By Abukar Adan ’17
Maine hasn’t had the dramatic manifestations of racial tension seen in other states in the past year. But that doesn’t mean racial identity isn’t an issue or that the issue isn’t worthy of discussion.
For the second time in a year, the Colby and Thomas college communities joined for a wide-ranging discussion of racial identity in Central Maine. The more recent event, held at Thomas Oct. 7, included personal narratives about a multiracial student whose family was interrogated at the U.S.-Canada border, an immigrant whose hard-working father doesn’t fit the recently popular stereotype, a student from rural Maine who finds his views increasingly counter to those of his conservative family.
Both events, which featured students’ stories about their experiences with race, were strongly attended. “We thought that eighty to ninety people would show up, but fifteen minutes prior to the event we had to get more tables and chairs,” said Yohannes Tesfai, a senior at Thomas who helped set up the Oct. 7 session.
The initiative, led by students and faculty from both institutions and following a similar event at Colby last year, aims to place national issues into a more local context. “There are a lot of people who say we don’t have a race problem,” said Elizabeth Brady ’17, one of the organizers.
The six students who shared narratives about navigating identities, encountering prejudice, and learning to overcome difficulties were from both Colby and Thomas. A Colby student from Maine, Marcques Houston ’18, who is from Maine, talked about being stopped at the Canadian border as a child because authorities believed his mother was smuggling him out of the United States.
Another participant, Thomas sophomore Jordanna Agger-Barnes, who grew up in a small town in southern Maine, recalled what she considers to be her biggest regret from the sixth grade–wanting not to be black. Being treated differently by her peers made her uncomfortable with her identity, she said. In sixth grade, she said, a classmate refused to pass her a paper because of her race. Barnes said she told her teacher but, rather than seeing the classmate disciplined, Barnes was sent to the vice principal for disrupting class and later suspended. When Barnes’s mother called the school, she was told, “We are not equipped to deal with this.”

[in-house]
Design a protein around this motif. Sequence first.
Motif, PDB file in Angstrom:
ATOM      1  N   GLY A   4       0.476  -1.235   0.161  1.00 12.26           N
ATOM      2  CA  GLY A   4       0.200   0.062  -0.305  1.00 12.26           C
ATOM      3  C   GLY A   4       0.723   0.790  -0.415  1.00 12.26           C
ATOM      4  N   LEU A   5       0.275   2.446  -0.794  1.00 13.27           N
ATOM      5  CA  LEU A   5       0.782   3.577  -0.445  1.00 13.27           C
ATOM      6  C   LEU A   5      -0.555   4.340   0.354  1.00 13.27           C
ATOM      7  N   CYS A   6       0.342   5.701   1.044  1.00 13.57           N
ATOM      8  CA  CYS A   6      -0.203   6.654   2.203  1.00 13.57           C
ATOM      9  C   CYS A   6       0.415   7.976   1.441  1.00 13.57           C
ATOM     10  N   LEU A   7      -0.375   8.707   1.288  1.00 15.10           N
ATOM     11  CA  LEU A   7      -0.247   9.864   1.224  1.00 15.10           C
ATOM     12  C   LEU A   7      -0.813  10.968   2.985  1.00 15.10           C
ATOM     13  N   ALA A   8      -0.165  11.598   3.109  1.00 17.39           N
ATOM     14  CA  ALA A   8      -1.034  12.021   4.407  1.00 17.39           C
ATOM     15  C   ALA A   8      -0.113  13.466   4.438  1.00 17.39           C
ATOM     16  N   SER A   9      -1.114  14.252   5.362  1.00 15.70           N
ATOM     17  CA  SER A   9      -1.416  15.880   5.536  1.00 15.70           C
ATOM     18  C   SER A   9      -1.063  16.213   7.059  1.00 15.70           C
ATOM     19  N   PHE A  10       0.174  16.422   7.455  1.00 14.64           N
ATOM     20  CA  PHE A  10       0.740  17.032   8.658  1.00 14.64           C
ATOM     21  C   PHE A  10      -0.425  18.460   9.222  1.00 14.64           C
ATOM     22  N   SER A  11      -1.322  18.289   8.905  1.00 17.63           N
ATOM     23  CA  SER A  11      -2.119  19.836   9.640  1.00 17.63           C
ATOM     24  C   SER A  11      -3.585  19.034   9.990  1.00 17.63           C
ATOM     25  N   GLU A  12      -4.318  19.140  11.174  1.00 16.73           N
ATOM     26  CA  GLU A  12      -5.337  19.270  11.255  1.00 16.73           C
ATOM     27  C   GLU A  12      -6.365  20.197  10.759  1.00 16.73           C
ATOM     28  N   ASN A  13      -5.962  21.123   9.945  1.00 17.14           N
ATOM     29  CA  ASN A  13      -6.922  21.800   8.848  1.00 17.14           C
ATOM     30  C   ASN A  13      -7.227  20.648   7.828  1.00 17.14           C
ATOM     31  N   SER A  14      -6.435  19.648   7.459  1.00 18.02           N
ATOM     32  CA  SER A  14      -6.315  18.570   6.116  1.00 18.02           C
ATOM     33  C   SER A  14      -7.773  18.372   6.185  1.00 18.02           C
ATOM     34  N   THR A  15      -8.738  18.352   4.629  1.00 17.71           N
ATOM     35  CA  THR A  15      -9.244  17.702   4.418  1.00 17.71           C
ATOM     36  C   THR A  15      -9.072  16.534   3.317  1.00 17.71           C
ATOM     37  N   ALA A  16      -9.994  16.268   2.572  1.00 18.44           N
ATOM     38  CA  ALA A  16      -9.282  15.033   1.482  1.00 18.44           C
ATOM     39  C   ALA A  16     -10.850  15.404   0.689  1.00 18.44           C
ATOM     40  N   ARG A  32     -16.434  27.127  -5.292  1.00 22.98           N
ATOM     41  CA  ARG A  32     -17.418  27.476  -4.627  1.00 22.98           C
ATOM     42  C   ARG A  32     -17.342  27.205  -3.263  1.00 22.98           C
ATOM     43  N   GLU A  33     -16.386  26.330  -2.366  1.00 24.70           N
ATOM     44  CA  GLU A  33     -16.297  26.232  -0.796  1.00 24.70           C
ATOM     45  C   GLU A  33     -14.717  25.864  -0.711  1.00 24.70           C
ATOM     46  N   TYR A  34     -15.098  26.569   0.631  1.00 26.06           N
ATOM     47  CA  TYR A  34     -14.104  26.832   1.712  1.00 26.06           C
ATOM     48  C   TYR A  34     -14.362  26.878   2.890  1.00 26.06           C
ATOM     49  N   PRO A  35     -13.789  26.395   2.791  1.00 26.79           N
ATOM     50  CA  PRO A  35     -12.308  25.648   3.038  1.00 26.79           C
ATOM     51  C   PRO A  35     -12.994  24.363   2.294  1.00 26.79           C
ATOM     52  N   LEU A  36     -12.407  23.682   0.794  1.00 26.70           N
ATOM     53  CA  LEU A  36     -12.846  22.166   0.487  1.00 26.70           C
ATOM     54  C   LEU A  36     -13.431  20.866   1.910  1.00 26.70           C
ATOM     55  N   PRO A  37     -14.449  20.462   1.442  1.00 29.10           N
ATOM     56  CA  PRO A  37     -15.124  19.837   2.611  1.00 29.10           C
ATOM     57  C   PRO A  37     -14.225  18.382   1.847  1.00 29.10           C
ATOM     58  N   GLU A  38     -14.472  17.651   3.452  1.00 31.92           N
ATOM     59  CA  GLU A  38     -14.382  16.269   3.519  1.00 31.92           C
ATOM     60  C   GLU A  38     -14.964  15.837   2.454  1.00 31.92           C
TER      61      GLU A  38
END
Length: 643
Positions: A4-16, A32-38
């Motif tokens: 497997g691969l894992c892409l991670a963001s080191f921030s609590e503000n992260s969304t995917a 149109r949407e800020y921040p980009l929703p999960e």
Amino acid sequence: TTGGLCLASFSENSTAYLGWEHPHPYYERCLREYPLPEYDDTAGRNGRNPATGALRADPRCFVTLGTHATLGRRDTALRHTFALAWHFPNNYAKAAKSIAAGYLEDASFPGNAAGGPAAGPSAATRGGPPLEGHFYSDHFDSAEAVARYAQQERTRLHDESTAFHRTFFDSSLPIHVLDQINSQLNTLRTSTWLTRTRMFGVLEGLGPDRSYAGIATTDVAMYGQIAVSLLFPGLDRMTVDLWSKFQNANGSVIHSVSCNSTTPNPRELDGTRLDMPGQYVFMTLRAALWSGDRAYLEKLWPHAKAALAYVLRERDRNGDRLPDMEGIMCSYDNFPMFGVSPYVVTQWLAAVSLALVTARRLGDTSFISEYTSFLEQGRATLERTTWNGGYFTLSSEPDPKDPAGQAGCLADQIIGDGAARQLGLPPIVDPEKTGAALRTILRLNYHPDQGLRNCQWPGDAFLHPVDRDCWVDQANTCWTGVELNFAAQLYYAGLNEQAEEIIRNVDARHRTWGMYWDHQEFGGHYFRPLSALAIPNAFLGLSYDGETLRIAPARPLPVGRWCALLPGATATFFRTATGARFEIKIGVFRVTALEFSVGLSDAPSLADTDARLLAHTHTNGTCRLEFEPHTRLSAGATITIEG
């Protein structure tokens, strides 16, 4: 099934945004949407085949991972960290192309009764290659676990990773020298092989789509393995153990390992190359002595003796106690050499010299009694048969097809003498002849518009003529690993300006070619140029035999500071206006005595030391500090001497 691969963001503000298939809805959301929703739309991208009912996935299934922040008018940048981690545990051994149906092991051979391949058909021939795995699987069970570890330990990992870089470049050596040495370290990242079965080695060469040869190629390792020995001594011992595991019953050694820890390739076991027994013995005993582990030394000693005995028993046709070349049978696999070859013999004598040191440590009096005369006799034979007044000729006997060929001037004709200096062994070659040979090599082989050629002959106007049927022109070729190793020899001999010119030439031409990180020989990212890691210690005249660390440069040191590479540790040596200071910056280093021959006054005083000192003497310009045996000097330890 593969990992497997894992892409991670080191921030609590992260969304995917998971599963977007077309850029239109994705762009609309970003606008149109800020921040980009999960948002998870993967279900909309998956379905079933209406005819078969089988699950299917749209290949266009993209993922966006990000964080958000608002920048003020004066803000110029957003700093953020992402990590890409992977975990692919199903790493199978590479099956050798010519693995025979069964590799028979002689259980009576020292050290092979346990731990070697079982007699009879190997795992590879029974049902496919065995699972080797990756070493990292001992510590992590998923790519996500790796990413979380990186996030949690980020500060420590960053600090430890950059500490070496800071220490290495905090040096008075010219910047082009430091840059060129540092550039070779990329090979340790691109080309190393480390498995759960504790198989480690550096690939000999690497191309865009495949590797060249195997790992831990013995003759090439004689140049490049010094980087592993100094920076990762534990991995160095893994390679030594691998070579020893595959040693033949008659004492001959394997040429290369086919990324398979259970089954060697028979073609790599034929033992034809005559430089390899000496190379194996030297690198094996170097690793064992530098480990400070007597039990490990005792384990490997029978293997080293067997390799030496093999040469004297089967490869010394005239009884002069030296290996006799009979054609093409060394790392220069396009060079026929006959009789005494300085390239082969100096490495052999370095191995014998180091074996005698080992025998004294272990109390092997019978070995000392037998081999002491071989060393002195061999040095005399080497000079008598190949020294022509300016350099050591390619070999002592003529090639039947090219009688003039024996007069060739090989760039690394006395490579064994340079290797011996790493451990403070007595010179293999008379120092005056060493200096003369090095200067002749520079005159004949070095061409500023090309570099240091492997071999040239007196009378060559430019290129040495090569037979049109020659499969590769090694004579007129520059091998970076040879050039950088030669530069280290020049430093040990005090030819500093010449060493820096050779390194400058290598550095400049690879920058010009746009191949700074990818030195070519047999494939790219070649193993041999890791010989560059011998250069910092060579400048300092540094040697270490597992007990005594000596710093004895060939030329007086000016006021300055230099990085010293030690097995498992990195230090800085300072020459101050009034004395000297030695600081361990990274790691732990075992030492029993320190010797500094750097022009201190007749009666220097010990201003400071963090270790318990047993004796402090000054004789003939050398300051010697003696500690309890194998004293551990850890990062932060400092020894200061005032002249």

Because of the lack of racial diversity in Maine, Houston’s and Agger-Barnes’s experiences are relatively common, participants agreed.
Jake Bazinet, a Thomas freshman and a facilitator at the event, shared how the same socially conservative values have been passed down in his family for generations. His family, living in a homogenous part of Auburn, has had little interaction with people of different backgrounds. “It wasn’t until I moved out that I began to question what I’ve been taught,” he said. His views have since changed considerably but he tries to not be very political when he is home, he added.
While the personal narratives centered on students’ experiences with race, issues related to other forms of identity were raised as well.
Harim Park ’17, who was born in South Korea but raised in Iowa City and Scarborough, Maine, spoke about how the recent local and national discourse on immigration has been both unfair and hurtful. Park’s parents made many sacrifices for their children, he said. Visibly emotional, he shared how his father, who attended university while working to support the family, was seldom home. It’s unfair, Park said, for the media and politicians to characterize immigrants as lazy and only in the United States to abuse the welfare system.
“There is a reason why people immigrate here,” Park said. “The reason why they are here and often have to take minimum wage jobs is because of the lack of opportunity back home.”
The stories were followed by student-led roundtable discussions, offering an opportunity to hear the diverse perspective in the room. Issues raised included ignorance, exploitation, power, and privilege. Said Jari Javier ’16, “I feel I made some progress in terms of sharing ideas and moving towards a mutual understanding.”
After participating, President David A. Greene concluded that the event was bittersweet. “I leave with a heavy heart,” he said, “and a great deal of optimism.”
Organizers from both colleges are planning the third community conversation in the series. It will likely be held in downtown Waterville sometime around the Martin Luther King Jr. holiday.